Mechanisms of Adiponectin Action

Edited by
July 2019
222 pages
  • ISBN978-3-03921-245-3 (Paperback)
  • ISBN978-3-03921-246-0 (PDF)

This book is a reprint of the Special Issue Mechanisms of Adiponectin Action that was published in

Biology & Life Sciences
Chemistry & Materials Science
Medicine & Pharmacology
The adipokine adiponectin is very concentrated in plasma, and decreased levels of adiponectin are associated with pathological conditions such as obesity, diabetes, cardiovascular diseases, and metabolic syndrome. When produced in its full-length form, adiponectin self-associates to generate multimeric complexes. The full-length form of adiponectin can be cleaved by the globular form of elastase that is produced locally, and the resulting biological effects are exerted in a paracrine or autocrine manner. The different forms of adiponectin bind to specific receptors consisting of two G-protein-independent, seven-transmembrane-spanning receptors, called AdipoR1 and AdipoR2, while T-cadherin has been identified as a potential receptor for high molecular weight complexes of adiponectin. Adiponectin exerts a key role in cellular metabolism, regulating glucose levels as well as fatty acid breakdown. However, its biological effects are heterogeneous, involving multiple target tissues. The Special Issue “Mechanisms of Adiponectin Action” highlights the pleiotropic role of this hormone through 3 research articles and 7 reviews. These papers focus on the recent knowledge regarding adiponectin in different target tissues, both in healthy and in diseased conditions.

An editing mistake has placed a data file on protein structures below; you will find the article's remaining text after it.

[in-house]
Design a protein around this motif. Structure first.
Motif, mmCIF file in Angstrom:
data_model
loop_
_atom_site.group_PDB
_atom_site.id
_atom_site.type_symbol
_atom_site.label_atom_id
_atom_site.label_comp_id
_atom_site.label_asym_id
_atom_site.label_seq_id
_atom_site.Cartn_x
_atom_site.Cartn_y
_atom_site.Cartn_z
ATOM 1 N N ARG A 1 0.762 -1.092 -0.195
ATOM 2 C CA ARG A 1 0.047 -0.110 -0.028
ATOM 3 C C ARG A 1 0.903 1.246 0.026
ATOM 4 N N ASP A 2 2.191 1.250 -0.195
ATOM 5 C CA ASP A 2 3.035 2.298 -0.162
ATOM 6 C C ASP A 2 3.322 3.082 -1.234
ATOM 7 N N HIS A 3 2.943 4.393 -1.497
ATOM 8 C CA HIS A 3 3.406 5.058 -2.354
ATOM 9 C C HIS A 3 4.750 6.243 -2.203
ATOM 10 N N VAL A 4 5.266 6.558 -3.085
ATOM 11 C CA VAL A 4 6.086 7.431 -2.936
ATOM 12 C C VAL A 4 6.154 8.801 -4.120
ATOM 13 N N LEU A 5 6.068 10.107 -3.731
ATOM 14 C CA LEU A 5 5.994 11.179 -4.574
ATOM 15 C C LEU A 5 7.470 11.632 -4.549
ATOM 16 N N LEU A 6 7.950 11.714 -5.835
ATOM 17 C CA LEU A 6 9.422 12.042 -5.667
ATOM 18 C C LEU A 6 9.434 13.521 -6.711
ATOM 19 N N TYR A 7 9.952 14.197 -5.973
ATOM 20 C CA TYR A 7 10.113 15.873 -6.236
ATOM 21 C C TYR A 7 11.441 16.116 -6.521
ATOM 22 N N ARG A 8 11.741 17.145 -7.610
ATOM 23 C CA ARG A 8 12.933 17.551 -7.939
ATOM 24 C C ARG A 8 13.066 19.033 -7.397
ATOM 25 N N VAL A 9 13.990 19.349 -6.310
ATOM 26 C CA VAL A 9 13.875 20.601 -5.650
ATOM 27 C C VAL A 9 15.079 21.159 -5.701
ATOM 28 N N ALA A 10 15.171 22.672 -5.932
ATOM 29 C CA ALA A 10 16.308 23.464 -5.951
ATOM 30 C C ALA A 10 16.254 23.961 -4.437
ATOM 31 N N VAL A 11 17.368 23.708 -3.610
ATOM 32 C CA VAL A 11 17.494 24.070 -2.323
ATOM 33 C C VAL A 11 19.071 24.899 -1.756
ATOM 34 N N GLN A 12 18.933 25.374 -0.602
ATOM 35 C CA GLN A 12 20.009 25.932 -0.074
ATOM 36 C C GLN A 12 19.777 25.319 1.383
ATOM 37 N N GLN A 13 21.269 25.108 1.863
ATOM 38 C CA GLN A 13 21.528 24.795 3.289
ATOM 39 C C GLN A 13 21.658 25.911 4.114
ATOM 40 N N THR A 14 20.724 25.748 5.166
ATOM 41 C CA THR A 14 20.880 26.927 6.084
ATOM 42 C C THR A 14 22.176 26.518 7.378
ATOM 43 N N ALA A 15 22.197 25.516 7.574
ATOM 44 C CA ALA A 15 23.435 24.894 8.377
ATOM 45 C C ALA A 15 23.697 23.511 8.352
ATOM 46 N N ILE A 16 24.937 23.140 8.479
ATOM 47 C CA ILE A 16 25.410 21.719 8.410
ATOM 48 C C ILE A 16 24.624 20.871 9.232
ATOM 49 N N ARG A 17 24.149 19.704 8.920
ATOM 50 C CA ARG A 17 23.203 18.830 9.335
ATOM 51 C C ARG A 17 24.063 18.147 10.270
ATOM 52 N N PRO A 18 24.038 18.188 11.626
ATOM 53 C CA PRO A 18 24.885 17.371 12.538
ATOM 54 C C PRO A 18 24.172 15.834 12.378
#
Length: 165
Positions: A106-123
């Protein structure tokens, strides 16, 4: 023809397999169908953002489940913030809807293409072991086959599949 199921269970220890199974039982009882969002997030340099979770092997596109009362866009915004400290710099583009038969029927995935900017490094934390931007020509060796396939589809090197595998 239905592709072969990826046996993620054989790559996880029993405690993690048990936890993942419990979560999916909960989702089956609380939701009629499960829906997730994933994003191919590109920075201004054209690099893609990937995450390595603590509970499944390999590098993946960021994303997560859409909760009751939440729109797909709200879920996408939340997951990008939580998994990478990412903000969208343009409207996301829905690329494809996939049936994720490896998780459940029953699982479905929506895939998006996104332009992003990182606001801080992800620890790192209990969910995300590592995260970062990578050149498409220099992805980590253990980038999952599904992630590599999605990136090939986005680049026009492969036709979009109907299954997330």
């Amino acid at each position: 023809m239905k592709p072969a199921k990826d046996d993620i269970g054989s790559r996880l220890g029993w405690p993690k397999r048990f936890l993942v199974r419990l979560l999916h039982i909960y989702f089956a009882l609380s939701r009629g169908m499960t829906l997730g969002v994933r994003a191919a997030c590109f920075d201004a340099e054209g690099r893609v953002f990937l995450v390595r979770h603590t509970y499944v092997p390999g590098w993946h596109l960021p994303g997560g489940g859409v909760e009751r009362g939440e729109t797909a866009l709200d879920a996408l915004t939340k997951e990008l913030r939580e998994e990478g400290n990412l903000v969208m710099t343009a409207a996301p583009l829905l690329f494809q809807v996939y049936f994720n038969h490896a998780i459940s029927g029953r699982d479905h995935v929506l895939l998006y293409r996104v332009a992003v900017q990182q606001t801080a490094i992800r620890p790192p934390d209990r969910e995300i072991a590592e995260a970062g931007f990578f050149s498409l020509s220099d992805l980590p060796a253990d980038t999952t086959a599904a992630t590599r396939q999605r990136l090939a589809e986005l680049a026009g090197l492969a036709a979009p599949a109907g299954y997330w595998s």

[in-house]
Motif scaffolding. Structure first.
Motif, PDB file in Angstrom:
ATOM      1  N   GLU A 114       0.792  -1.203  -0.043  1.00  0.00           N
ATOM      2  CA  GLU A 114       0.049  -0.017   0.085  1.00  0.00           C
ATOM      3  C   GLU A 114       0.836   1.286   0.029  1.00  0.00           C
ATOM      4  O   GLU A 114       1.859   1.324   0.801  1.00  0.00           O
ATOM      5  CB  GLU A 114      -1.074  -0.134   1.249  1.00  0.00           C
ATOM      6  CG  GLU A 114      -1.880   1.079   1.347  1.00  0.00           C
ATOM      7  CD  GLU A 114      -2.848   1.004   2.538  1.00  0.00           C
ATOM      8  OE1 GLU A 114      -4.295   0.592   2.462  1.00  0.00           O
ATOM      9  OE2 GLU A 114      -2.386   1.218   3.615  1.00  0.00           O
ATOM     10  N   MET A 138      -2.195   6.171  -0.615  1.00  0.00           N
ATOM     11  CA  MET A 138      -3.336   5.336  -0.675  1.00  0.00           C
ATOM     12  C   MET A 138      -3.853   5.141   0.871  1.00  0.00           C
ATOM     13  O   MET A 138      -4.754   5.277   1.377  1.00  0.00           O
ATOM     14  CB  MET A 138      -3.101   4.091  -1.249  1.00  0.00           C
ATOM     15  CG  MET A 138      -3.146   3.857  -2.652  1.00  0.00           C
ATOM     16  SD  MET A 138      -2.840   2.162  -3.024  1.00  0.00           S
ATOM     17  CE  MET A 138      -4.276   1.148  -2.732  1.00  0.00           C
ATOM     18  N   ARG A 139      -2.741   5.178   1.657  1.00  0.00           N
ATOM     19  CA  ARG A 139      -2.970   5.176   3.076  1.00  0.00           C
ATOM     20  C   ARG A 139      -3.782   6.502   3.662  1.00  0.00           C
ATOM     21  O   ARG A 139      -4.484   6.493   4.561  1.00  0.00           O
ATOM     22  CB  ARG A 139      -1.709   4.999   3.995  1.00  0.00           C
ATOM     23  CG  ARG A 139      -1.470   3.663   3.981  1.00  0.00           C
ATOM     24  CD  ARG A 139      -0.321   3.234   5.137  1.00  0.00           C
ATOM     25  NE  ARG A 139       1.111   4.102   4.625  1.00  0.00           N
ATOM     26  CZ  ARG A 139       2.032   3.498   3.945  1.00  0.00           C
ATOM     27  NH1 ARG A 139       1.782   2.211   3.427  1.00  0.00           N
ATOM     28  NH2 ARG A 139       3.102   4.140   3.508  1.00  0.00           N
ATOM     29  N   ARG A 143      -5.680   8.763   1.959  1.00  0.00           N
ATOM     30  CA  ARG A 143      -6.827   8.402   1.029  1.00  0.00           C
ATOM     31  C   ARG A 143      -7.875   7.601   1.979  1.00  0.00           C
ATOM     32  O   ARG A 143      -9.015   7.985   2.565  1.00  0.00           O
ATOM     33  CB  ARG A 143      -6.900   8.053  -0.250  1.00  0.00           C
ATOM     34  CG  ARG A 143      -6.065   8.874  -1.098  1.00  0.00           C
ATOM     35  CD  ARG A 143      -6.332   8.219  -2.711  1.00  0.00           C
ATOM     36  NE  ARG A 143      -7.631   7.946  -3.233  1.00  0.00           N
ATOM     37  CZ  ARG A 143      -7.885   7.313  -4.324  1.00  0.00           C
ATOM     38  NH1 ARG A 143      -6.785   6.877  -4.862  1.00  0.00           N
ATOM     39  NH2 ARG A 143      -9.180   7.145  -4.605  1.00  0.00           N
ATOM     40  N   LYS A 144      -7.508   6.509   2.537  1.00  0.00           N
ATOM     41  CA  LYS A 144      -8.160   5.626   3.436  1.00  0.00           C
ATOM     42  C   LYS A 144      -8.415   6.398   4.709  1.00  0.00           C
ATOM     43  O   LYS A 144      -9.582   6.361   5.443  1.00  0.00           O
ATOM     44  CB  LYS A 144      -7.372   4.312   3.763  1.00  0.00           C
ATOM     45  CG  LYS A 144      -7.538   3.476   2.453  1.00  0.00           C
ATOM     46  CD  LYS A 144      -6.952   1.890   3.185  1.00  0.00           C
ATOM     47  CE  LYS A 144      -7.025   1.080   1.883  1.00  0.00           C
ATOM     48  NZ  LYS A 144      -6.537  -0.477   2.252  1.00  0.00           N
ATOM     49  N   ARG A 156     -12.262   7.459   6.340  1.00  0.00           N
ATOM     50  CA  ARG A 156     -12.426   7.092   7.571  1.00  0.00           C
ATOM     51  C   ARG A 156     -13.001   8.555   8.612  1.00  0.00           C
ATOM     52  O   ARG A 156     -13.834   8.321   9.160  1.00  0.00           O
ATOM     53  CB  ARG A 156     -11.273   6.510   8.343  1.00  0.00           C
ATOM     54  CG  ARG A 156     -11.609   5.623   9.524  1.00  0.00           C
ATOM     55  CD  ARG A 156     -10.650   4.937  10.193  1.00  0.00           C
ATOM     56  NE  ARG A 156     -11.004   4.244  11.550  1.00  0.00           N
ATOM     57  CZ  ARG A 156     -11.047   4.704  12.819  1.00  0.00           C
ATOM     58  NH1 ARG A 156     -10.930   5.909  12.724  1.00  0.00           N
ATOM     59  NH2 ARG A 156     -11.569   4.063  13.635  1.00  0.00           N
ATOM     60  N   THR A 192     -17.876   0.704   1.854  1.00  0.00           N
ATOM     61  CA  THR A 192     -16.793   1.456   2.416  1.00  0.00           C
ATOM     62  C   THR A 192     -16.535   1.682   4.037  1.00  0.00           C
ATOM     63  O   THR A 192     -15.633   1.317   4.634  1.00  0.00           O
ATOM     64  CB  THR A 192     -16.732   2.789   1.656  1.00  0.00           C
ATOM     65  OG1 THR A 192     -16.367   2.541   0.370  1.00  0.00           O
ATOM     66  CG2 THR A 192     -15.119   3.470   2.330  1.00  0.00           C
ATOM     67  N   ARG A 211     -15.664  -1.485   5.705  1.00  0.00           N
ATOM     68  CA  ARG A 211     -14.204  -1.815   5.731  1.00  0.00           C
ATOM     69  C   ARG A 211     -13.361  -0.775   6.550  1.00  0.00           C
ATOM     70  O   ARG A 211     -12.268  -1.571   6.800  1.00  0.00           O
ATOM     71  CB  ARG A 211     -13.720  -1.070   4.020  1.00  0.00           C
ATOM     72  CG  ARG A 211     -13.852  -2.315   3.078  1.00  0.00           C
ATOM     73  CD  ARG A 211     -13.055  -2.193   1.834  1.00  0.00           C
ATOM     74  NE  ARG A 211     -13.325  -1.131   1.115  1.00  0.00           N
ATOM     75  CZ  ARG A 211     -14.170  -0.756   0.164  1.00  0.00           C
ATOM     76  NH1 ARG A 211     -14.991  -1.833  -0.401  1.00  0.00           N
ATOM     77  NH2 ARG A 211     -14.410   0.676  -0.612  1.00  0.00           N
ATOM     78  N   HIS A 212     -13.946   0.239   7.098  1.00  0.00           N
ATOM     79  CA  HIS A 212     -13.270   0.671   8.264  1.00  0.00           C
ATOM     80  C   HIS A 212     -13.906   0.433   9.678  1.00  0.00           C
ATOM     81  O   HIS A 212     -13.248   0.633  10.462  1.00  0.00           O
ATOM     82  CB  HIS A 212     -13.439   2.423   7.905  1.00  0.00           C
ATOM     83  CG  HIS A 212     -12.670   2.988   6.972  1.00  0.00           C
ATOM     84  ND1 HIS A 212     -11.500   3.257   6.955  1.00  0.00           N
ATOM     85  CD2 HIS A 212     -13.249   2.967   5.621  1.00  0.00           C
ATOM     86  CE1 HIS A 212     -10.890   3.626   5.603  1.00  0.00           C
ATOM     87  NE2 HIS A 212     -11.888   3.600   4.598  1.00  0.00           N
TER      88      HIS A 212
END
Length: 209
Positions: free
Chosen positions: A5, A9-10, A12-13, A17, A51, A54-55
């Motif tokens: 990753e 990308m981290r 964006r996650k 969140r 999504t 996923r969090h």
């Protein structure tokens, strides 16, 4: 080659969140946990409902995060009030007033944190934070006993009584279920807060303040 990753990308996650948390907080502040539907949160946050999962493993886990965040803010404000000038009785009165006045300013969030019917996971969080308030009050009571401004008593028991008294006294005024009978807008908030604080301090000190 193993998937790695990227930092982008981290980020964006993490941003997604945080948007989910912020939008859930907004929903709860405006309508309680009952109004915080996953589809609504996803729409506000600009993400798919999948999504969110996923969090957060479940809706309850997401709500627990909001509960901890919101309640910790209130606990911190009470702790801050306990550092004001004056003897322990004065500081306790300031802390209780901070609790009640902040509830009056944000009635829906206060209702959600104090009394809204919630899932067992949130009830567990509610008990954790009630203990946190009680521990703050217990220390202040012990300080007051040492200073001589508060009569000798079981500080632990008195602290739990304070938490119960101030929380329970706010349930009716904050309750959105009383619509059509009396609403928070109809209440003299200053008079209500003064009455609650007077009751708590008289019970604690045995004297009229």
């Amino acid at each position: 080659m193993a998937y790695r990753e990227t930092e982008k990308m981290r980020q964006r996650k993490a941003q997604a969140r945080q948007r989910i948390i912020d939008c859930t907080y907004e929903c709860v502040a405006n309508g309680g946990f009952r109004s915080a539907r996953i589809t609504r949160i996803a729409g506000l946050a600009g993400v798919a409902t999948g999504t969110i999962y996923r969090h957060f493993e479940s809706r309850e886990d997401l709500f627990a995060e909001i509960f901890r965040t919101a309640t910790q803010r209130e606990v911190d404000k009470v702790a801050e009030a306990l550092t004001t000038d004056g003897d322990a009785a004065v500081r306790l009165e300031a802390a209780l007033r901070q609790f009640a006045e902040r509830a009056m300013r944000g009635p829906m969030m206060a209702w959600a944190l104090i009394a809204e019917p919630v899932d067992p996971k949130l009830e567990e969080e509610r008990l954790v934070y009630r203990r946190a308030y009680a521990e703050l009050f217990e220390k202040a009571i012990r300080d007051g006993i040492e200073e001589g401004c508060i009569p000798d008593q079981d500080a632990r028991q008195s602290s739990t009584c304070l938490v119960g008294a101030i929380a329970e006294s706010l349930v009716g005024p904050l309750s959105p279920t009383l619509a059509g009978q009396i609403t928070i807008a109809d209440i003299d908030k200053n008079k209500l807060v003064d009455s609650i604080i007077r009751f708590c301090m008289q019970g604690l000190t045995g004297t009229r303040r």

• Paperback
License and Copyright
© 2019 by the authors; CC BY-NC-ND license
adiponectin; atherosclerosis; cholesterol efflux; diabetes; inflammation; endometrium; implantation; transcriptome; microarray; adiponectin; pig; fertility; adipose tissue; reproductive tract; adipokines; cell signaling; skeletal muscle; regeneration; adiponectin isoforms; exercise; training; adiponectin; AMPK; BIAcore; extracellular signal-regulated kinase (ERK); matricellular proteins; neuritogenesis; NGFβ; PC12 cells; Secreted protein; acidic and rich in cysteine (SPARC); adiponectin; muscle; myopathies; adiponectin; metabolism; AdipoRon; lipotoxicity; adiponectin; adiponectin inducer; kojyl cinnamate ester derivative; adipogenesis; hair growth-related factor; human follicular dermal papilla cell; obesity; adipokines; adiponectin; breast cancer; ovarian cancer; endometrial cancer; cervix cancer; estrogen receptor; adiponectin; obesity; cancer; adiponectin; adipose tissue; obesity; endocrine cancer; n/a

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